Despite what currently appears to be bleak odds, McCarthy said that the United States needs comprehensive immigration reform that no longer devotes the resources of its justice system to kicking out skilled people like Ramón, who has worked his way up through the same company for 15 years and been a model citizen.
“He is friends with all of the community that comes (to St. Peter),” McCarthy said. “He comes to mass. He roasted chicken at our parish picnic two days in a row out in the sun. He’s just a really good guy, a go-to guy. People are very happy to know him.”
McCarthy added that Ramón’s arrest was the second ICE-related incident his largely Latino congregation has had to deal with this year. In March, a mother of two was stopped in Jeffersonville because her taillight was out, then arrested by the local police and turned over to ICE.
“She’s got two kids, has her own business,” McCarthy said. “She’s very active in the community, she has a Zumba class, and she’s active in the church. One of her kids is diabetic, they are both U.S. citizens, and she’s been applying through her mother for legal residency for many years … These things are happening constantly.”
In July, “Occupy ICE” protesters gathered for weeks in an encampment outside the Louisville headquarters of ICE in opposition to the Trump administration’s family separation policy and ICE detainment tactics, culminating in the arrest of nine protesters who blocked the elevators of the Heyburn Building that provide access to the Louisville Immigration Court.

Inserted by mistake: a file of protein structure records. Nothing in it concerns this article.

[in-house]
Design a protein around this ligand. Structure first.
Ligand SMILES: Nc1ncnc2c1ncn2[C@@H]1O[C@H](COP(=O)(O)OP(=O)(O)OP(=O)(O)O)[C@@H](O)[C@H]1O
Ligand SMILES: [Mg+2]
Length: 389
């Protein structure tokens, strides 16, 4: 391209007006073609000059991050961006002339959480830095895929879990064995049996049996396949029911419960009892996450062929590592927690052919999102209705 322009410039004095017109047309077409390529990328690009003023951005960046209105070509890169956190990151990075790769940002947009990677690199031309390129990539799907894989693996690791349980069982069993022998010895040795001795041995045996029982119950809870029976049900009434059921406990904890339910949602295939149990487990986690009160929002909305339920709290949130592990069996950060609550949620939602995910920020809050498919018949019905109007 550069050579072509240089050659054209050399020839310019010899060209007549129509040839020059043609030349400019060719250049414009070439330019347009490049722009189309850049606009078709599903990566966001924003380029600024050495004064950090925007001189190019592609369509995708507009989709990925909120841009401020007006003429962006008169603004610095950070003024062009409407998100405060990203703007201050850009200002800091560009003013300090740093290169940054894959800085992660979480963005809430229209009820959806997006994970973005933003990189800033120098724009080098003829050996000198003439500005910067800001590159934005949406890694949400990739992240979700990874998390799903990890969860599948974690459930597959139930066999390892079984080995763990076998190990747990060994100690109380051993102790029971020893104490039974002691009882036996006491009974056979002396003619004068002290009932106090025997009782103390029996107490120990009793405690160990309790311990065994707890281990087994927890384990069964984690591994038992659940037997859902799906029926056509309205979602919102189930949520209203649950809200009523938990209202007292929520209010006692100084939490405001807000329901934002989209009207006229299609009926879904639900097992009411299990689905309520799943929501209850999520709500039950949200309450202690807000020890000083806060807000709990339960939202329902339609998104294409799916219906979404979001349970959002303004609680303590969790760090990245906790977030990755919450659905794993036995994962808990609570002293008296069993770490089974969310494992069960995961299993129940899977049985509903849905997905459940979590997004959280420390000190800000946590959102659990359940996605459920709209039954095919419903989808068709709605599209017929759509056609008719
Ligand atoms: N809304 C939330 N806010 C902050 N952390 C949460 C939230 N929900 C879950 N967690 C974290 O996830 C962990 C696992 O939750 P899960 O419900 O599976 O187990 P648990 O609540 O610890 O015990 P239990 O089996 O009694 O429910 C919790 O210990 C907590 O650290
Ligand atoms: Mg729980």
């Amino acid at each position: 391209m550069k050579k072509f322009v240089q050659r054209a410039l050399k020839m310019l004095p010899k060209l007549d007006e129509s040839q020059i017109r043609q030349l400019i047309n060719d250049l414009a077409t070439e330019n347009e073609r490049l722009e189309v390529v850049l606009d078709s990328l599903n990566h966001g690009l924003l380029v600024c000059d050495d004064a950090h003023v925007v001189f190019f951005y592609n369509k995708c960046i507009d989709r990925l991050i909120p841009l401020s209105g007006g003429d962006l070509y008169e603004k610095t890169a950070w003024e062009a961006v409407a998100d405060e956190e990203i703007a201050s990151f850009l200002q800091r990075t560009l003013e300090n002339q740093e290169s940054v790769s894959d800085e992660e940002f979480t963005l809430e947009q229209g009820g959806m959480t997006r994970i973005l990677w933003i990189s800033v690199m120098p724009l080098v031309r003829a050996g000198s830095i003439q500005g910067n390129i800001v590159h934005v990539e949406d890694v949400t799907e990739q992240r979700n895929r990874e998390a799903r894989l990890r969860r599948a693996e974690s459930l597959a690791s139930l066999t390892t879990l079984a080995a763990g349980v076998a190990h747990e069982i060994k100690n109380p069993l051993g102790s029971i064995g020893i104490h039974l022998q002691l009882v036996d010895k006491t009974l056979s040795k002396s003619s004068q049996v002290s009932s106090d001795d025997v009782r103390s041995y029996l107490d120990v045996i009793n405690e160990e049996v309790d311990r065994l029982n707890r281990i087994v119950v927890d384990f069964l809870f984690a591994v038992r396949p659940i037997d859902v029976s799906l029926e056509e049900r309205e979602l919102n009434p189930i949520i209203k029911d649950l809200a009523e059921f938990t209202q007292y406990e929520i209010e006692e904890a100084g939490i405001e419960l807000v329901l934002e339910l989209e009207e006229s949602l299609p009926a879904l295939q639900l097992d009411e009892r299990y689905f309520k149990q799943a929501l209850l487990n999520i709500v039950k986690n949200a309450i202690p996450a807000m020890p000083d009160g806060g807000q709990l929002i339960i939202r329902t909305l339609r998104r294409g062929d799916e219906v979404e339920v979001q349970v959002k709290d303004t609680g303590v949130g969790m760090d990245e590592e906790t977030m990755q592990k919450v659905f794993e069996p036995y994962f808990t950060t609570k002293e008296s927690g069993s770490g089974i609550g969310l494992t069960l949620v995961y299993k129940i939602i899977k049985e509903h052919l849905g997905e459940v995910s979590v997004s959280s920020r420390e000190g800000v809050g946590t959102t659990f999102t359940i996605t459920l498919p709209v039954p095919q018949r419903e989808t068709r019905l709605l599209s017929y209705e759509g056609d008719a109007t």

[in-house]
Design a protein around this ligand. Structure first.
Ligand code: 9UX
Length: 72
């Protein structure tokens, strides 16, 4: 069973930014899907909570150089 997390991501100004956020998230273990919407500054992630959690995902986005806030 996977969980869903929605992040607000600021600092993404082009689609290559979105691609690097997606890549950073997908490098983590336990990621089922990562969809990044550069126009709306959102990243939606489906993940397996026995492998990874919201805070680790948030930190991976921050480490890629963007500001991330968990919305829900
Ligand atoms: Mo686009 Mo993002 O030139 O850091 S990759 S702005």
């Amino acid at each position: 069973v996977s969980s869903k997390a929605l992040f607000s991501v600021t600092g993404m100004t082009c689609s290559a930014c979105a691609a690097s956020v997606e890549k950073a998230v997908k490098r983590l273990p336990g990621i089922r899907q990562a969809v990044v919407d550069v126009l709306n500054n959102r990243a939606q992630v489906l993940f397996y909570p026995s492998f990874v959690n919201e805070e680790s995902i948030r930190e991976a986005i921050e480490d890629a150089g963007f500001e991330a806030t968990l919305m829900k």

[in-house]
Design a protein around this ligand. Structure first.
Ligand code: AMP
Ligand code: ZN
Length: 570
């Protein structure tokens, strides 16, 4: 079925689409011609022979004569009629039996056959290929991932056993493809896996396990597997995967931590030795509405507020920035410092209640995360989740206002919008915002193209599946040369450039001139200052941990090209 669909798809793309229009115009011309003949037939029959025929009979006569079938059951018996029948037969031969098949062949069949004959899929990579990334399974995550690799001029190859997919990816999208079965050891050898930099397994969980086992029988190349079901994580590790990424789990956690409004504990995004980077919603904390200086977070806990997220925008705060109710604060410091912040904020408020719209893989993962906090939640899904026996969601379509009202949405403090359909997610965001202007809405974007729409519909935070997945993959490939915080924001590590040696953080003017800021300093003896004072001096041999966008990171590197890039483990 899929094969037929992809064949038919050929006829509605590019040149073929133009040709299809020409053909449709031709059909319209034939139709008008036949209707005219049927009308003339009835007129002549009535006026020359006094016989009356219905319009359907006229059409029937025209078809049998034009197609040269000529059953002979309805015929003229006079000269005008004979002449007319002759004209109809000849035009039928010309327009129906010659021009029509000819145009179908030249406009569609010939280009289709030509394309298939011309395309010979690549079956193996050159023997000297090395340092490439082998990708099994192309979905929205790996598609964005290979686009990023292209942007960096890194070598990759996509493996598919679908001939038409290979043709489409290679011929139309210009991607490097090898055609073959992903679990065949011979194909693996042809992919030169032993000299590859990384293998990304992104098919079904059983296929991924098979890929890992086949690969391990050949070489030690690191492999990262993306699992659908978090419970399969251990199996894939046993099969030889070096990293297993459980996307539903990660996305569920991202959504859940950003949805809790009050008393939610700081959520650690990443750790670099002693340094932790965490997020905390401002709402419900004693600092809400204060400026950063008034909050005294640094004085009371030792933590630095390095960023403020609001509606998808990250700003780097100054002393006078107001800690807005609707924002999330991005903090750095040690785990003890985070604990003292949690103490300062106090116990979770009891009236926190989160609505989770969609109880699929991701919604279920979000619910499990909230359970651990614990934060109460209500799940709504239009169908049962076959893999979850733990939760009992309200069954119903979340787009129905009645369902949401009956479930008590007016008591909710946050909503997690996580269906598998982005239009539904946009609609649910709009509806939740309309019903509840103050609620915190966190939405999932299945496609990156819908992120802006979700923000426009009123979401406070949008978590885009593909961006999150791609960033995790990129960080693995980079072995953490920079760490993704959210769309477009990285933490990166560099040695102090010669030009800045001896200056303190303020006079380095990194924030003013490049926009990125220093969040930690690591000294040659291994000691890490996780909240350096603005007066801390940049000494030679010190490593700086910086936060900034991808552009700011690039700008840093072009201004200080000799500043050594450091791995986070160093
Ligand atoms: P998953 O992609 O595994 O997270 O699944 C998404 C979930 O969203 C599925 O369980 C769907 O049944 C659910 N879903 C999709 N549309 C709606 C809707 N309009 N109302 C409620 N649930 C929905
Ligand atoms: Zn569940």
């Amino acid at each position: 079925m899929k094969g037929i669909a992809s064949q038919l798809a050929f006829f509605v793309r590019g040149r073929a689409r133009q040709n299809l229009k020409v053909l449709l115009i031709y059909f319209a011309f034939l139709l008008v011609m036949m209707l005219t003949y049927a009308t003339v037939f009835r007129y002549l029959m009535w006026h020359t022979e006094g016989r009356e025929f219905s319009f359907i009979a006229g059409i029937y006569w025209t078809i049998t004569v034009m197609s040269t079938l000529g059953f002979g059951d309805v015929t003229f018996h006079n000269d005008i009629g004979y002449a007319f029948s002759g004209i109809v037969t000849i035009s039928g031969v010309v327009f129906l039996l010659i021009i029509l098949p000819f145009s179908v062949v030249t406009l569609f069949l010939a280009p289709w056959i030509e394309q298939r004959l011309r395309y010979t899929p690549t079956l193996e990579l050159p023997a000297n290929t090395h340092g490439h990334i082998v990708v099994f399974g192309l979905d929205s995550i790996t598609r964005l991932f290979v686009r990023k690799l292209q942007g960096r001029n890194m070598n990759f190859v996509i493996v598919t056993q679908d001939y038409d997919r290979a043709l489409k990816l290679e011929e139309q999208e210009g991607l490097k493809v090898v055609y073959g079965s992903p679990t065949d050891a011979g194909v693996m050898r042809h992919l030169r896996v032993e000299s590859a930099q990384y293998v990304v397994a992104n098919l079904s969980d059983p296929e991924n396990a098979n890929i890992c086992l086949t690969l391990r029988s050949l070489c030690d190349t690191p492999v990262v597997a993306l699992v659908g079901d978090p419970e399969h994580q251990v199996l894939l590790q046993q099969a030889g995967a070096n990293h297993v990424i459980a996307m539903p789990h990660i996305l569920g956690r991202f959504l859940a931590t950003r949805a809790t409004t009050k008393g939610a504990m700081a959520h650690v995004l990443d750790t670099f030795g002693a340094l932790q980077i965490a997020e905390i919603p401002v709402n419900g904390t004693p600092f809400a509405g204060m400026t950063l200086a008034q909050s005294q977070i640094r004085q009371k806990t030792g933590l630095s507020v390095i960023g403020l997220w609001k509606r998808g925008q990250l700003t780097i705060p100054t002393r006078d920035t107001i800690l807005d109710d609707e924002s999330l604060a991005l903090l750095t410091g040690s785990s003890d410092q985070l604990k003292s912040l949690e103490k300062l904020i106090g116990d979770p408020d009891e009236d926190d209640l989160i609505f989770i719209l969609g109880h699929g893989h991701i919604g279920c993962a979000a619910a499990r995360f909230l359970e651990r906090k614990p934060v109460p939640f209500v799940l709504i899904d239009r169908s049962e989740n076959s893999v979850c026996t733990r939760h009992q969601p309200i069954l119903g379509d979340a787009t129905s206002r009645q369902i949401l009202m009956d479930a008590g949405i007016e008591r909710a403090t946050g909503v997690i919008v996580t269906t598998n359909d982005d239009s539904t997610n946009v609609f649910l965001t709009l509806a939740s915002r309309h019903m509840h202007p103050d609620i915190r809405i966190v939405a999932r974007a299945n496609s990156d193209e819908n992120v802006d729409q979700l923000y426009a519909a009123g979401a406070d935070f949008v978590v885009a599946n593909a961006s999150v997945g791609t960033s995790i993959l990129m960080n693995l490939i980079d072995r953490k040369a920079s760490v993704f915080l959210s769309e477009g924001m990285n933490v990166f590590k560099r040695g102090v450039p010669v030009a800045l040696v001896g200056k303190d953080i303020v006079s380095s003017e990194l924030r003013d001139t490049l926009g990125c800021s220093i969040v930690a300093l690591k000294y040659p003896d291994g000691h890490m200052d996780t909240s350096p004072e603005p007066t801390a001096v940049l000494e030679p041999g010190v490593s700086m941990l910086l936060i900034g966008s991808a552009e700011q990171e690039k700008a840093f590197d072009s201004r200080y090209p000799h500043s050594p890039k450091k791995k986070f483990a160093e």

Sen. Mitch McConnell has taken the opposite position toward the federal agency, stating on the Senate floor that he will “continue to proudly stand with ICE, stand with the rule of law and stand with all the American families who would rather have fewer drugs and less crime in the communities where they’re raising their children.”
After hearing Ramón’s account of cellmates stuck in jail for months without any hope of even hiring an attorney to help them request a bond hearing, Cochran has hatched a plan to start her own bond clinic, hoping to attract more volunteer pro bono attorneys like herself. She says one colleague has already volunteered her services, despite voting for Trump.
“I think we can handle several cases a week and still just do it in our spare time,” Cochran said. “And the only costs associated with it is the $25 to run the criminal background check. We’re going to do this, and I want to name it after Ramón … We don’t need money, we just need volunteers.”
Ramón’s path to an American dream, then a nightmare
Unlike many of the young asylum-seekers coming from Central America in recent years, Ramón was driven north by his family’s extreme poverty — crowded in a house with no water or electricity — and the possibility of changing his fate.
“I stopped school and started working in the second grade when I was 7 years old … I was a shepherd until I was 15,” said Ramón, who taught himself to speak serviceable English. “I have 12 brothers, and I had to help bring income to support the kids … I was the fourth. My mom tried to send me to school, but with the tuition, it was really hard for her to afford food.”